As a surrogate mother, Christophine introduces Antoinette to the Black culture of the Caribbean and instills in her a sensitivity to nature and belief in the practices of obeah. Significantly, it is Christophine's voice that opens the novel, as she explains Annette's exclusion from Spanish Town society; Christophine is the voice of authority, the one who explains the world to Antoinette and explains Antoinette to the readers. With her words gliding from a French patois to a Jamaican dialect and back into English, her command of language corresponds with the power of her words and her ability to invoke magic. She seems omniscient, intimately linked with the natural and tropical world and attuned to animal and human behavior.

Christophine, much like Antoinette and her mother, is an outsider. Coming from Martinique, she dresses and speaks differently from the Jamaican Black people. She is a servant, but, unlike the other Black servants who live at Coulibri, she remains loyal to the Cosway women when the family's fortunes dwindle—an alliance at which the other servants sneer. Like Antoinette and her mother, Christophine becomes the subject of cruel household gossip, although she still commands some household respect because of her knowledge of magic.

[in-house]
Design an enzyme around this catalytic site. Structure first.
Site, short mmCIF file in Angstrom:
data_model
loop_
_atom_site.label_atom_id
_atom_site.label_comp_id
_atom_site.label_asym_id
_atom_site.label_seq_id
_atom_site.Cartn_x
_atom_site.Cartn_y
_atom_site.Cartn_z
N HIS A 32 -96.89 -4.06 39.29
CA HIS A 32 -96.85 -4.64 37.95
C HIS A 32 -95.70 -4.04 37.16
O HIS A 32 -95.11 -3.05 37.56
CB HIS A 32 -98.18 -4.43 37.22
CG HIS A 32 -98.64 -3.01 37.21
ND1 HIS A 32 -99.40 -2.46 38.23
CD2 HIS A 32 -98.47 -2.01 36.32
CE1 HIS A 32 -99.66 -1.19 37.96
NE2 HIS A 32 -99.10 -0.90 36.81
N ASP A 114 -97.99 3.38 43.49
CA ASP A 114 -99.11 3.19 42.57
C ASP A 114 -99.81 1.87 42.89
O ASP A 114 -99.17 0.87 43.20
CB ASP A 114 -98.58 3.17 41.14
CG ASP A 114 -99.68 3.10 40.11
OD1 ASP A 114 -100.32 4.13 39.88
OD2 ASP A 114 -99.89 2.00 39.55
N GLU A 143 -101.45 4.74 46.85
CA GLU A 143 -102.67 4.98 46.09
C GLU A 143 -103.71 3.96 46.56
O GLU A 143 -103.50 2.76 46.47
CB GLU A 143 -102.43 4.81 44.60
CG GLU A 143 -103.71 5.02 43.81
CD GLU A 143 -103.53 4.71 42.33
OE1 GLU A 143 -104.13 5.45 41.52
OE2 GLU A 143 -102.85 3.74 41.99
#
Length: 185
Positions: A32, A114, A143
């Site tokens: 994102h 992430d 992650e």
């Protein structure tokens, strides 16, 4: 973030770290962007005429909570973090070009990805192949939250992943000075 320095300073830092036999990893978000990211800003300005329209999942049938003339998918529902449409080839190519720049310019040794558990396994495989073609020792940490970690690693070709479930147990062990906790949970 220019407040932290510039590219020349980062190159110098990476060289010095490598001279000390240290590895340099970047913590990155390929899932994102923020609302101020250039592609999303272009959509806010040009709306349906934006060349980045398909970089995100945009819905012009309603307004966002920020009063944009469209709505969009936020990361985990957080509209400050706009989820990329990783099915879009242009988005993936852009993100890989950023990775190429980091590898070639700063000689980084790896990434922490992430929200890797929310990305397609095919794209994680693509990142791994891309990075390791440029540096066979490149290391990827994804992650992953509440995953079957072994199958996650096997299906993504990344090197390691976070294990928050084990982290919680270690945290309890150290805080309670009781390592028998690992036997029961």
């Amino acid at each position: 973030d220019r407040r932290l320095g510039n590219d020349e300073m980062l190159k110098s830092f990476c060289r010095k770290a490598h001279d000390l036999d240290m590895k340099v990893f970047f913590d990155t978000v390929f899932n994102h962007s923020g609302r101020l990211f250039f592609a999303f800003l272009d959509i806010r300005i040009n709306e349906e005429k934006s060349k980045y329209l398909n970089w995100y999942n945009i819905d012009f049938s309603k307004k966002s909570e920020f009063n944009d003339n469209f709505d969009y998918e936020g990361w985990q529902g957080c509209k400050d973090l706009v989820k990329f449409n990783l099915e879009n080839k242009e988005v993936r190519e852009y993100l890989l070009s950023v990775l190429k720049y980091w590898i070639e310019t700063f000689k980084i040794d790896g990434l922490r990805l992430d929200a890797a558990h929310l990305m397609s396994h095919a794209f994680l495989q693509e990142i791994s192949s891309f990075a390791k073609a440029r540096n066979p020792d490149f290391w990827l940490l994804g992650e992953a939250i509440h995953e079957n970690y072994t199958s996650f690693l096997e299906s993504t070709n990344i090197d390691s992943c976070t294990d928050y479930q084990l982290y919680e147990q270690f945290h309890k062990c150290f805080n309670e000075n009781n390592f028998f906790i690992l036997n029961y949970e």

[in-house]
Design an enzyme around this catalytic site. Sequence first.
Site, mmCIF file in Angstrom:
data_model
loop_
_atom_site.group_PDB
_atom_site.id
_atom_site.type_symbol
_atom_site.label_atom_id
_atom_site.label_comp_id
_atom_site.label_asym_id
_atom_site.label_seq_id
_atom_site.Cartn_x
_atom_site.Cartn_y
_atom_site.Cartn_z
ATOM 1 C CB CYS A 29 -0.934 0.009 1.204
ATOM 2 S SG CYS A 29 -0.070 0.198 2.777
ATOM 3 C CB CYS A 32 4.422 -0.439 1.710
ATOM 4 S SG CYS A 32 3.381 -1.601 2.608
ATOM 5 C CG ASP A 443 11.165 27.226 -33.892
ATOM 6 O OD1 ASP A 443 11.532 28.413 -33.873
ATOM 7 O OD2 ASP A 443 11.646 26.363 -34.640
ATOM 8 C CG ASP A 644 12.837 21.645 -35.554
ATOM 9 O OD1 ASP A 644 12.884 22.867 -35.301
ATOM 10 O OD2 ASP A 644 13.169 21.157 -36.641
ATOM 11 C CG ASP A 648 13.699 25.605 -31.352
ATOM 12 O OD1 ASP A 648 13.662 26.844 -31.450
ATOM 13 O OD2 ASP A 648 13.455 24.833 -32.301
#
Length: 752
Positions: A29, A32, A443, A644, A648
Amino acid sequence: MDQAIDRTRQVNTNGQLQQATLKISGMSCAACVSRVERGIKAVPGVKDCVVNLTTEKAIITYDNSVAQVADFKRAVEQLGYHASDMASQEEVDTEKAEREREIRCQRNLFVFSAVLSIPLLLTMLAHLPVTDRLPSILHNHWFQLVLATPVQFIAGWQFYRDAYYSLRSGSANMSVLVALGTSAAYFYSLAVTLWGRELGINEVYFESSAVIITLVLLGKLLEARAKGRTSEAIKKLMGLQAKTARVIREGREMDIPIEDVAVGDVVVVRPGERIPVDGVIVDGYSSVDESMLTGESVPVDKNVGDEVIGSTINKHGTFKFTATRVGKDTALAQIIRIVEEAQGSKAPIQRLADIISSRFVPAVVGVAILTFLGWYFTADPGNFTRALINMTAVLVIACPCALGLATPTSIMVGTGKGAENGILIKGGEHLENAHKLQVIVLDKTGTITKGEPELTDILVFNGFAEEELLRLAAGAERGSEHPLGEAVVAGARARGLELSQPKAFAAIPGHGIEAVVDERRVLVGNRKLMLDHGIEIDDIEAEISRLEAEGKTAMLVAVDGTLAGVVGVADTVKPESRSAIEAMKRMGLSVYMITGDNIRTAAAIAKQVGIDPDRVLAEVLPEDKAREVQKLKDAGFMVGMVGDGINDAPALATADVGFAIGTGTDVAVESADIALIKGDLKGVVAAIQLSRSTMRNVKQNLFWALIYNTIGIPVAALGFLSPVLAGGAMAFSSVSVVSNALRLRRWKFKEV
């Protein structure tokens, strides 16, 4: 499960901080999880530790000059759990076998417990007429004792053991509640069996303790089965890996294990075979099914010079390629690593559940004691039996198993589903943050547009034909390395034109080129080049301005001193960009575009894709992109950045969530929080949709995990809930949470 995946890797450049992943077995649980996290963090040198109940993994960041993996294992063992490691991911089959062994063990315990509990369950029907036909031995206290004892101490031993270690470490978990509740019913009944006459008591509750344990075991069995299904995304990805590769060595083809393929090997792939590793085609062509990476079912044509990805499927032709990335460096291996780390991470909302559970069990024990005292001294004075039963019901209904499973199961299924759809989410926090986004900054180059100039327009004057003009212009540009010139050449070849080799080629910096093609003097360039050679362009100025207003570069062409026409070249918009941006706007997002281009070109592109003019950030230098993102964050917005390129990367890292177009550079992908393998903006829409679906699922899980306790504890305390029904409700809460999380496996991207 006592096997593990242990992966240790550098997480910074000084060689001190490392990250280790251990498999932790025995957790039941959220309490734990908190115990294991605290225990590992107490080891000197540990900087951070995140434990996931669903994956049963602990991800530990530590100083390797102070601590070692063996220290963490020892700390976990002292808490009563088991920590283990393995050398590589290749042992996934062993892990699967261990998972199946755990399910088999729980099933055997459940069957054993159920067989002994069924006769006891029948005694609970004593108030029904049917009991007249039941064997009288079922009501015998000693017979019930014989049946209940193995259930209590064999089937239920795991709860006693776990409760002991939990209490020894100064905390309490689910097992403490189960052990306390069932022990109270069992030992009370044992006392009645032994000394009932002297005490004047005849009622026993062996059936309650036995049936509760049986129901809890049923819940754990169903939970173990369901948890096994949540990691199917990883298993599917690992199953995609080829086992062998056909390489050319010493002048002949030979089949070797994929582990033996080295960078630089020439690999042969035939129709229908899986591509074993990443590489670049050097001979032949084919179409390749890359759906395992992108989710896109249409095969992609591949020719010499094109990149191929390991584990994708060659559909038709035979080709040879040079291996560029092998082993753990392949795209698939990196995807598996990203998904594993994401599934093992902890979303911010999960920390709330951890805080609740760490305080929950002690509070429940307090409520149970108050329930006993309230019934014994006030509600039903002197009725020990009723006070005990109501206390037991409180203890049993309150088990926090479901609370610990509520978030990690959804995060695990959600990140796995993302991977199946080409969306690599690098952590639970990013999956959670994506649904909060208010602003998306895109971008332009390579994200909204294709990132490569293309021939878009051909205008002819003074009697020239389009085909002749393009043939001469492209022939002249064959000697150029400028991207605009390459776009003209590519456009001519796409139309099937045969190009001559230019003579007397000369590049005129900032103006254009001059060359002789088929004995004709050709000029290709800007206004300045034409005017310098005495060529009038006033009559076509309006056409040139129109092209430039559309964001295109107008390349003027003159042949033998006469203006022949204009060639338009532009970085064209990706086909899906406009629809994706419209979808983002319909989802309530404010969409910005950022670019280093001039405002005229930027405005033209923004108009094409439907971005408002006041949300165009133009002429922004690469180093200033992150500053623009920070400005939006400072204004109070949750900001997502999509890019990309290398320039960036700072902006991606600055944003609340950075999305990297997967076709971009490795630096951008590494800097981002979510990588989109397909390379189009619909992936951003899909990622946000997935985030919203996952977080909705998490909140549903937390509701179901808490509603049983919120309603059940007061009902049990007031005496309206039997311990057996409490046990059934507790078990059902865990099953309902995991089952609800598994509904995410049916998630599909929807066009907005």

A wedding present from the old Mr. Cosway to Annette, Christophine is a commodified woman, but is still fiercely self-willed. She provides a contrast to Annette in that she exercises complete independence from men and implicitly distrusts their motives. When Mr. Rochester arrives at Granbois, he immediately senses Christophine's contempt, and he associates her with all that is perverse and foreign about his new Caribbean home and his indecipherable Creole wife. A threat to Rochester's English privilege and male authority, Christophine calmly monitors his attempts to assert dominance. She instructs Antoinette that "woman must have spunks to live in this wicked world." Christophine adopts an increasingly assertive role in protecting Antoinette when Rochester begins to challenge his wife's sanity. Ultimately, Christophine advises Antoinette to leave her increasingly cruel husband, citing her own independence as an example to emulate. Having had three children by three different fathers, Christophine remains unmarried, saying "I thank my God. I keep my money. I don't give it to no worthless man." Christophine's final confrontation with Rochester establishes her as Antoinette's more lucid spokeswoman.